The procedure used in this example was substantially the same as that set forth in Example 1 except that the ceramic wafer measured 10.39 mm in length, 4.99 mm in width and 1.59 mm in thickness. The Pt electrodes were sputtered onto one face of the wafer with each electrode extending over approximately 1/3 of the surface of the face.

Optical examination showed that throughout each electrode most of the openings extended to the surface of the wafer forming microscopic recesses therewith exposing the surface of the wafer to the atmosphere and that these recesses were non-linear or substantially non-linear, i.e. curved or jagged.

An electrical contact was placed in contact with each electrode and connected to a 60 Hertz AC circuit to measure impedance. Testing of the sensor was carried out at 32° C. as disclosed in Example 1.

The results are illustrated in FIG. 5 which shows a change in impedance over an order of magnitude for this sensor, and specifically, it shows that the AC impedance of the sensor decreased with increasing humidity.

Although the present sensor has been disclosed with respect to humidity variations in an atmosphere or vacuum, it could also be useful for detecting or measuring the water content of an organic liquid. In this embodiment of the present invention, the sensor would vary in electrical or AC impedance with variations in the water content in an organic liquid in which it is placed and would be comprised of a ceramic body, at least a pair of spaced electrodes disposed on said ceramic body in electrical contact therewith, and an electrical contact on each said electrode, said ceramic body being an electrolyte comprised of Na1+x Six Zr2 P3-x O12, where x has a value ranging from 1.5 to 2.8, said ceramic body having a density of at least about 90% of the theoretical density for said Na1+x Six Zr2 P3-x O12, each said electrode being in the form of a continuous microscopically interconnecting network which forms at least a sufficient plurality of microscopic non-linear recesses with the surface of the ceramic body exposing said ceramic body surface to said liquid to produce a measurable change in electrical impedance when the sensor is immersed in said organic liquid. Also, the organic liquid should have no significant deleterious effect on the sensor.

In another embodiment of the present invention, the present sensor could be enclosed in a membrane permeable to water vapor only, and the resulting device could be immersed in an organic or inorganic liquid to determine the water content of such liquid. This device would be especially useful for determining the water content of inorganic liquids such as sulfuric acid in a lead acid battery. Specifically, this device varies in electrical impedance with variations in the water content in a liquid in which it is placed, said device being comprised of a humidity sensor enclosed in a membrane permeable to water vapor only, said sensor comprising a ceramic body, at least a pair of spaced electrodes disposed on said ceramic body in electrical contact therewith, and an electrical contact on each said electrode, said ceramic body being an electrolyte comprised of Na1+x Six Zr2 P3-x O12, where x has a value ranging from 1.5 to 2.8, said ceramic body having a density of at least about 90% of the theoretical density for said Na1+x Six Zr2 P3-x O12, each said electrode being in the form of a continuous interconnecting network which forms at least a sufficient plurality of non-linear recesses with the surface of the ceramic body exposing said ceramic body surface to the water content in said liquid by means of said membrane to produce a measurable electrical impedance change when said device is immersed in said liquid.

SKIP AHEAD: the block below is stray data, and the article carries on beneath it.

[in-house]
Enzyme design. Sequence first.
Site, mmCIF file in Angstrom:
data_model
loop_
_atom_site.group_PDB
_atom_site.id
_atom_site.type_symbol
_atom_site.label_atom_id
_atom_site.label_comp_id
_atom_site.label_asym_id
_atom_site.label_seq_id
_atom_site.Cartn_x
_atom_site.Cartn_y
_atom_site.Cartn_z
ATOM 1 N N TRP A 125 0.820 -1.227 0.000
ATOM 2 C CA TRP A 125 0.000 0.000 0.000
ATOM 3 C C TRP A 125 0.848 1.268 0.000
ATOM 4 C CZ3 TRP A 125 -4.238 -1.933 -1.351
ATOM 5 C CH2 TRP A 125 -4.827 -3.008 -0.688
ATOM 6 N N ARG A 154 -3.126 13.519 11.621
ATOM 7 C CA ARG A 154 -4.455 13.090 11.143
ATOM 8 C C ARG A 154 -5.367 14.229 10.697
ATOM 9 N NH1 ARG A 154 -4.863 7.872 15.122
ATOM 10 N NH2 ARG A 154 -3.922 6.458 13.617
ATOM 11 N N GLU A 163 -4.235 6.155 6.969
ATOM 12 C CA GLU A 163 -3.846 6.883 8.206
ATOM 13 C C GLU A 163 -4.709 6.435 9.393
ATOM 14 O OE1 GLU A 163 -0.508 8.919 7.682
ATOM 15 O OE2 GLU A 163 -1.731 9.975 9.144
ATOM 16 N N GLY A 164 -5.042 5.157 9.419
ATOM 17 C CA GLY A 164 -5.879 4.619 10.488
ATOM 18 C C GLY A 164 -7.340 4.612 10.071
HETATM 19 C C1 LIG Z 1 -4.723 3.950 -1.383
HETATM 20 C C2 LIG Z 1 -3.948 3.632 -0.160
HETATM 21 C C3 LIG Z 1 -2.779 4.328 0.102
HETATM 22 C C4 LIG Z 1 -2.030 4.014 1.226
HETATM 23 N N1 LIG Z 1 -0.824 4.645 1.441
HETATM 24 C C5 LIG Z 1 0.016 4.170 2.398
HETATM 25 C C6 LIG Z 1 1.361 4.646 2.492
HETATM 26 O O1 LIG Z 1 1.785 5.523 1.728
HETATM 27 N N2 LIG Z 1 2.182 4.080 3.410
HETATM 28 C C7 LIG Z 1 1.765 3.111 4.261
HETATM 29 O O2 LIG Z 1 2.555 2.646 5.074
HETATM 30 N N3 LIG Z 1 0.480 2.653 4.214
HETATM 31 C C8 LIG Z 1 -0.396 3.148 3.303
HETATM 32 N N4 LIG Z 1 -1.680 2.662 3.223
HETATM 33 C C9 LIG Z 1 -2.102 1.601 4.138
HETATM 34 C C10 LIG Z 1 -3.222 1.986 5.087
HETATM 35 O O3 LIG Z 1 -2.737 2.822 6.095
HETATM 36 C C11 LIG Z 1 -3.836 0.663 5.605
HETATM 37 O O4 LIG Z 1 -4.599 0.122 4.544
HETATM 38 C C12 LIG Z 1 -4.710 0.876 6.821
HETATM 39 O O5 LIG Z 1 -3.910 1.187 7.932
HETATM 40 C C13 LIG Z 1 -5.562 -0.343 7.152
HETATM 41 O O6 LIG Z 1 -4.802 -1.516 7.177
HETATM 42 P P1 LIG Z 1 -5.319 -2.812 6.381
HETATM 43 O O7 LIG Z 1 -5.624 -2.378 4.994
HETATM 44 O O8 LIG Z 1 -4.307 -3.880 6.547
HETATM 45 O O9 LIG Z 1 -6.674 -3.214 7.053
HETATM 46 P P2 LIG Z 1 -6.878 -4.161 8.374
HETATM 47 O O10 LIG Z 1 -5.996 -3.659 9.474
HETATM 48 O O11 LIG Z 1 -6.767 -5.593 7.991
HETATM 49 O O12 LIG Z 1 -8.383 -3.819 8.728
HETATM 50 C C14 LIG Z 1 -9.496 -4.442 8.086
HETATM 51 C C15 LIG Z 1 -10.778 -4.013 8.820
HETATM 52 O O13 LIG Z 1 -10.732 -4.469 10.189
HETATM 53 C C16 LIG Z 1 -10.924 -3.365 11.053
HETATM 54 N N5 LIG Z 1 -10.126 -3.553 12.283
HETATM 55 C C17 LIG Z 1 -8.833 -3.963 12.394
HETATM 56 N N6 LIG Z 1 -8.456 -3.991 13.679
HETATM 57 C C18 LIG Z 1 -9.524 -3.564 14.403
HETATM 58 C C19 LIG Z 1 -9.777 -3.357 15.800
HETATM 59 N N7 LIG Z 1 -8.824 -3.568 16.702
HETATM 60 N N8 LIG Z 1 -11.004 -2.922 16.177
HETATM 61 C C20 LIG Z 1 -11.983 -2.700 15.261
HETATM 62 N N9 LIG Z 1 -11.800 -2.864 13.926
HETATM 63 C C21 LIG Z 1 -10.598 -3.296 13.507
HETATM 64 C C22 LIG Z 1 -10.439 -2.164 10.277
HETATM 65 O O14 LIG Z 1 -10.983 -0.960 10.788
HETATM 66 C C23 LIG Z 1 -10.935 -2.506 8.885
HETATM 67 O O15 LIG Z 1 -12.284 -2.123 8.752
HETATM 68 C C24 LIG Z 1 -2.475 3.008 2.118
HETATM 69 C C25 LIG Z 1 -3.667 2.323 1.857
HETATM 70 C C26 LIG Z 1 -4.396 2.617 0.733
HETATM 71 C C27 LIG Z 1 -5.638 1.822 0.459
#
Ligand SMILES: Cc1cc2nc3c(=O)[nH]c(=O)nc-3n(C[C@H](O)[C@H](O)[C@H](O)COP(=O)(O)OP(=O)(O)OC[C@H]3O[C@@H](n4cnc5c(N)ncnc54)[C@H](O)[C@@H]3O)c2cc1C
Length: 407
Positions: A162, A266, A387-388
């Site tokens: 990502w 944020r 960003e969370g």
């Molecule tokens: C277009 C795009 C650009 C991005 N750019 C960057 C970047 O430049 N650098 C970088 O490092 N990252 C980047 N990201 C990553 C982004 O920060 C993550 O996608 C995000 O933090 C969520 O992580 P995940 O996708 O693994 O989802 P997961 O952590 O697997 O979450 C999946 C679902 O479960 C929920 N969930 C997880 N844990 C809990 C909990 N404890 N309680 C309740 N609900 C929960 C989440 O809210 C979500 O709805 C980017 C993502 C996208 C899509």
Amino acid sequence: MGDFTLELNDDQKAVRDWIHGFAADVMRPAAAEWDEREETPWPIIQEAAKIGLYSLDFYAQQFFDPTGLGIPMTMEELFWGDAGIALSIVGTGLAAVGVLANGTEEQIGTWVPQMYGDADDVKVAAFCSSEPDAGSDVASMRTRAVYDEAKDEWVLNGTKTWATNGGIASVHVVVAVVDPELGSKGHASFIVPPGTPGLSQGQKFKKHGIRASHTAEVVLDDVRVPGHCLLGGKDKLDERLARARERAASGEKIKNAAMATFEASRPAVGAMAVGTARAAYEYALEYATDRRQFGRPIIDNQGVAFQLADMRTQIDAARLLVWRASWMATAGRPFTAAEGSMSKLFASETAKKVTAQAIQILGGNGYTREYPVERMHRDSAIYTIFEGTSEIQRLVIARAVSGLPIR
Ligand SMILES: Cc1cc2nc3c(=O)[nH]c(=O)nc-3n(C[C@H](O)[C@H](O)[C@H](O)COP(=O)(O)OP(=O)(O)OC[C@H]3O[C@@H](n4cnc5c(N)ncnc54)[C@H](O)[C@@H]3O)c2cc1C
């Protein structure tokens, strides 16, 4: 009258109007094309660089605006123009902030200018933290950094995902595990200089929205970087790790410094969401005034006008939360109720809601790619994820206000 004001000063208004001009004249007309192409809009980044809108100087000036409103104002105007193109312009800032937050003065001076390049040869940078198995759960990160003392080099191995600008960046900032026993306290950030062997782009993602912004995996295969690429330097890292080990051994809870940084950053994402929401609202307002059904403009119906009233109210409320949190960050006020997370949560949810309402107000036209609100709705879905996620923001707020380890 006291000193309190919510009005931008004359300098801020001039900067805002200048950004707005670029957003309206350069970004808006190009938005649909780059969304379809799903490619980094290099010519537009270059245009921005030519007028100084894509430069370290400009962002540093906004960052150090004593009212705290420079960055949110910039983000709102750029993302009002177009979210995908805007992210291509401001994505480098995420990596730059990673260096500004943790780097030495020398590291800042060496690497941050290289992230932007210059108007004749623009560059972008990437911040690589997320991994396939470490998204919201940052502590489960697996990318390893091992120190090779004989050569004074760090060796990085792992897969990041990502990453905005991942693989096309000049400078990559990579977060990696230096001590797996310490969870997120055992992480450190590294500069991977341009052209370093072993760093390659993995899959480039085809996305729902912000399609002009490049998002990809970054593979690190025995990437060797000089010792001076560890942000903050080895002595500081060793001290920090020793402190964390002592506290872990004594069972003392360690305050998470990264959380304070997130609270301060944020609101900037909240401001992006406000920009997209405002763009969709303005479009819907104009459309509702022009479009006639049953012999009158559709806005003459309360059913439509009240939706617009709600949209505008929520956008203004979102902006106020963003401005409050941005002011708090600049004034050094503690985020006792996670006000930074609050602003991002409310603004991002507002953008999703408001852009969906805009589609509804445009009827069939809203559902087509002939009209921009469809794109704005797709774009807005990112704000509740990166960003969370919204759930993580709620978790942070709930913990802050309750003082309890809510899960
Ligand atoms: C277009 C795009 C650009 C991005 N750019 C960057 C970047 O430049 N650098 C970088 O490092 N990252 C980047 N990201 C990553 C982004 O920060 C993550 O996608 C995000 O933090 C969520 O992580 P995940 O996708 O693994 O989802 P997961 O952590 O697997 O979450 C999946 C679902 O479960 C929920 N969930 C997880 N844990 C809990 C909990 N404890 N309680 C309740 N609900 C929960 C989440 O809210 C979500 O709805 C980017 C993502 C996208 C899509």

Patent Citations
Cited PatentFiling datePublication dateApplicantTitle
US4041437 *Dec 24, 1975Aug 9, 1977Matsushita Electric Industrial Co., Ltd.Humidity sensor
US4049891 *Jun 21, 1976Sep 20, 1977Massachusetts Institute Of TechnologyCompositions for fast alkali-metal-ion transport
US4280115 *Jun 18, 1979Jul 21, 1981General Electric CompanyHumidity sensor
US4322485 *Jun 5, 1980Mar 30, 1982United Kingdom Atomic Energy AuthorityPreparation of materials
Referenced by
Citing PatentFiling datePublication dateApplicantTitle
US5004700 *Aug 1, 1990Apr 2, 1991Emi LimitedHumidity sensor
US5969231 *Mar 17, 1997Oct 19, 1999Fraunhofer Gesellschaft Zur Foedering Der Angewandten Forschung E.V.Sensor for monitoring concentration of gaseous substances
US6422066Oct 29, 1999Jul 23, 2002Yellow Spring Optical Sensor Co. PllOptical fiber detector; dye well; silicone membrane
US6544477 *Aug 1, 2000Apr 8, 2003Regents Of The University Of MinnesotaSemiconductor wafer; electrical connectors
US6610470May 11, 2001Aug 26, 2003Regents Of The University Of MinnesotaApparartus for monitoring hybridization stability between nucleic acids and macromolecules
US6733729May 11, 2001May 11, 2004Regents Of The University Of MinnesotaDevice for the analysis of preferential interactions between nucleic acid samples
US6835920Dec 7, 2001Dec 28, 2004Samsung Electronics Co., LtdMicrowave oven
US8286369Jan 27, 2011Oct 16, 2012Bsh Bosch Und Siemens Hausgeraete GmbhDevice for determining the conductance of laundry, dryers and method for preventing deposits on electrodes
EP1290947A2Sep 6, 2002Mar 12, 2003Dieta OyDevice and method for measuring humidity in a baking oven
WO2000026655A1 *Oct 29, 1999May 11, 2000Michael J CordonnierSensor capsule for co2 sensor
Classifications
U.S. Classification338/35, 361/286
International ClassificationH01G7/00
Cooperative ClassificationH01G7/00
European ClassificationH01G7/00
Legal Events
DateCodeEventDescription
Feb 20, 1996FPExpired due to failure to pay maintenance fee
Effective date: 19951220
Dec 17, 1995LAPSLapse for failure to pay maintenance fees
Jul 25, 1995REMIMaintenance fee reminder mailed
Jan 4, 1991FPAYFee payment
Year of fee payment: 8
Jan 10, 1989PAPatent available for license or sale
Mar 13, 1987FPAYFee payment
Year of fee payment: 4
Aug 19, 1982ASAssignment
Owner name: GENERAL ELECTRIC COMPANY; A CORP OF NY
Free format text: ASSIGNMENT OF ASSIGNORS INTEREST.;ASSIGNORS:BRIANT, JACQUELINE L.;ASHER, JEFFREY A.;REEL/FRAME:004039/0928;SIGNING DATES FROM 19820809 TO 19820816